Reference no: EM131062684
1) These final chapters are exactly as Agnew and Brezina (2015) call Chapter 18, pulling it all together. It gives an overview of what was taught throughout the book, the causes of delinquency. This ranges from biological to social factors and everything in between. The remaining chapters give strategies of deterrence such as get tough efforts (mandatory minimum sentences), restorative justice (sanction offenders in a more effective manor), and incapacitation (Agnew and Brezina). They also list strategies of prevention like D.A.R.E. programs or Head Start programs early on. In regards to the Head Start programs, they want to help intercept the children who are at a greater risk early on.
Agnew and Brezina (2015) state that there are several early family intervention programs that help to reduce the likelihood of producing delinquent juveniles. They attempt to reduce biological harm and provide health and safety training to the parents. A study was done on the effectiveness and produced findings for a five-year family support program for low income children and their families (Goodson, Layzer, St. Pierre, Bernstein and Lopez 2000). This study focused on the two-generations that encompassed their health, education, and social needs.
To conduct this study they found and followed 240 families for five years, half were the control and the other half were the program group. They used a group of control families that were not allowed to use the services provided to the study families. This began in 1991 and ended in 1996. About one third of the original families stayed for the entire 5 years. The article explains that the effectiveness of the program had shortcomings because not all of the families continued and it was difficult to have exact data. The differences in outcomes could not be attributed to the overall length of time. In the end, they found that the Comprehensive Child Development Program was essentially not educationally or statistically significant in meaningful effects (Goodson, et.al. 2000) on the children's social-emotional or cognitive development. With such a wide array of areas to explore, it was difficult to demonstrate the failure of effects. The authors had a few reasons they hypothesized as to why the program failed to produce change. First, the parenting education was not effective. Second, was they expected the children to have greater access to better education. They felt if they had a better education it would help them in the long term. Lastly, they hypothesized that to affect child outcomes through services to aid in the family's economic well being; such as job assistance and education. For this specific program, it did not yield the results they hoped for and while this program did not go beyond the five years, we don't know if those children in the program and the control family were less likely to become delinquent.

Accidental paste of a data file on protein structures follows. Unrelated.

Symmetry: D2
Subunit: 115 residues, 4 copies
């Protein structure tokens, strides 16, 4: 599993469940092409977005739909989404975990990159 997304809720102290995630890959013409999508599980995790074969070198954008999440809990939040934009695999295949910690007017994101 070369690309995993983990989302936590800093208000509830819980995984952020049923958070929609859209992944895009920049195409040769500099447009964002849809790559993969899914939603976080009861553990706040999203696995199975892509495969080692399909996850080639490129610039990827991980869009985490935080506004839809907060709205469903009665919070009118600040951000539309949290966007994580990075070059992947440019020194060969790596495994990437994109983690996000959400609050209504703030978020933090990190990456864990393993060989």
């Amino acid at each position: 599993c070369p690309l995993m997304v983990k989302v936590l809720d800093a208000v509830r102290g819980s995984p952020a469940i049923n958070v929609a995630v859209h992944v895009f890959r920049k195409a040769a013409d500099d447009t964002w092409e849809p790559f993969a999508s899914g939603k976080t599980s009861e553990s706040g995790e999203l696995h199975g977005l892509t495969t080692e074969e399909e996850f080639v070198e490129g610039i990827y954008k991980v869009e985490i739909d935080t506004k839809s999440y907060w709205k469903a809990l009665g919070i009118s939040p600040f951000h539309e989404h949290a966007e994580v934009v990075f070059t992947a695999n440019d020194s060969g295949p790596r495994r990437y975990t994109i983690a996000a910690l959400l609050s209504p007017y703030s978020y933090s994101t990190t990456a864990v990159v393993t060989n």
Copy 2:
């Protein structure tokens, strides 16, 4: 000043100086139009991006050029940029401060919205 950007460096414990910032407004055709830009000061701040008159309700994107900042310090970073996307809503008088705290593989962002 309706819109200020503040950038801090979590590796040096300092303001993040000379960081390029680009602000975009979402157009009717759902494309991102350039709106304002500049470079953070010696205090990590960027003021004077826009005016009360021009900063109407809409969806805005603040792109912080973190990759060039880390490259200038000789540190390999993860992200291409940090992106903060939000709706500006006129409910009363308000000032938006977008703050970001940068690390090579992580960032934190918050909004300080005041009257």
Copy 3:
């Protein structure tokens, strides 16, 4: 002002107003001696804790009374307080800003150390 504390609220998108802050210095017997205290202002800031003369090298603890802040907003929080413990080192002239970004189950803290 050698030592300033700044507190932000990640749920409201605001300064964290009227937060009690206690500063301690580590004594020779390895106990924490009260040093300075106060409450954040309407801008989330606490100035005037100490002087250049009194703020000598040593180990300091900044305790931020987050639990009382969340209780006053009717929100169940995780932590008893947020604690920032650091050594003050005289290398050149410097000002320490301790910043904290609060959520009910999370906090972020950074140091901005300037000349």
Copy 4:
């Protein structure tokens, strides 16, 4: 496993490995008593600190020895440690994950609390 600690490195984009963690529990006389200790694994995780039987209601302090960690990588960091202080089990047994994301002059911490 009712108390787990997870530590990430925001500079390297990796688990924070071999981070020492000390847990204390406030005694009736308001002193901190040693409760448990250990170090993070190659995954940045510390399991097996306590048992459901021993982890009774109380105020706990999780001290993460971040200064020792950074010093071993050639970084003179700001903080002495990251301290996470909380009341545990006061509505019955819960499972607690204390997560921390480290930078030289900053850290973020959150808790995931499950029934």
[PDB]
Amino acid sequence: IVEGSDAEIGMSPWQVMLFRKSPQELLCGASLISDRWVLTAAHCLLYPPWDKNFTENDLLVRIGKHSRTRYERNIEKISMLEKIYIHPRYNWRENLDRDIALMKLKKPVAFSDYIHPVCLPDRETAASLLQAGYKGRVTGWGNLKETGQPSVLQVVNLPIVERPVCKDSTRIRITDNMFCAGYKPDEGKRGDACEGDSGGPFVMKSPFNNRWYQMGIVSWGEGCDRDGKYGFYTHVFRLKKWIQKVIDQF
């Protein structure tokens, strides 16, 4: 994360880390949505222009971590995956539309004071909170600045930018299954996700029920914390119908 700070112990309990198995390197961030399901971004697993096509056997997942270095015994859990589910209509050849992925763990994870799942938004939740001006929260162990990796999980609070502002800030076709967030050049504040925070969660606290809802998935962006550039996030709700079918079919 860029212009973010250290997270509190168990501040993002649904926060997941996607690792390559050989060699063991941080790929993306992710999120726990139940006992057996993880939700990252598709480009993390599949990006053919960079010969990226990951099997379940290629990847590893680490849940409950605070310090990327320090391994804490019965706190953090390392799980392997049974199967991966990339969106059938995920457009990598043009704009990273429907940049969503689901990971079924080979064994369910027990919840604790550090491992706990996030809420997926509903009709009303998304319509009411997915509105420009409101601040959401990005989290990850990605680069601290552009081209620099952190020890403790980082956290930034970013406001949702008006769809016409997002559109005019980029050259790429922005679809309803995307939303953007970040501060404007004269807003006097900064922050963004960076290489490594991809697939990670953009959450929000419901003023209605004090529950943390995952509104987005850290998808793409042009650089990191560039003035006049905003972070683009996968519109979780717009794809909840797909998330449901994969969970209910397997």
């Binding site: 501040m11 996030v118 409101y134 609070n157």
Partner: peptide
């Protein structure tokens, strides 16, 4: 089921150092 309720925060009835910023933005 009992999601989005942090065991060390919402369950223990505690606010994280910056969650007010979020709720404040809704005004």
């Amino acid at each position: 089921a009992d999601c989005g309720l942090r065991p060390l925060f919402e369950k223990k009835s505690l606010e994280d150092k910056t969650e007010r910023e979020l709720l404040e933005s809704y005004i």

2) According to Agnew and Brezina, the best way to handle juvenile delinquency is to focus on prevention rather than punishment (2015). The country's law makers have begun to focus on the family, community, and the school in terms of preventing juvenile delinquency. It takes both time and money for these programs to be successful, and many times the budget does not go far enough to see any drastic improvements. However, there is evidence the programs help, but more government support is needed. Many times these programs are implemented in the lower income areas of a city, and this leads to a bigger problem needing solving. The poverty seen in America is a direct link to juvenile delinquency, especially for the young African Americans who already face discrimination.
The article discusses how the country's use of get-tough measures in the past have added to the negative stereotypes associated with poor African American juveniles today (Hinton 2015). "Black youth overwhelmingly fell into the category of "potential delinquent," defined as any young person who appeared to be prone to contact with penal and juridical authorities" (Hinton 2015 :815). This same conclusion was found by Agnew and Brezina, who stated that in today's society if the trend stands one in three African American male will end up in prison (2015). Also found in the article was that "by classifying low-income black youth as delinquent before they had committed any legal violation, the development of the American juvenile justice regime yielded new possibilities for supervision.." (Hinton 2015 :809). This social fact is another Agnew and Brezina agree on, especially in the sense that poverty has an affect on both crime and juvenile delinquency in more than one way (2015). Do you think the the main problem the country needs to focus on is poverty? Or is poverty a natural effect of capitalism, which then will always be a problem when trying prevent juvenile delinquency?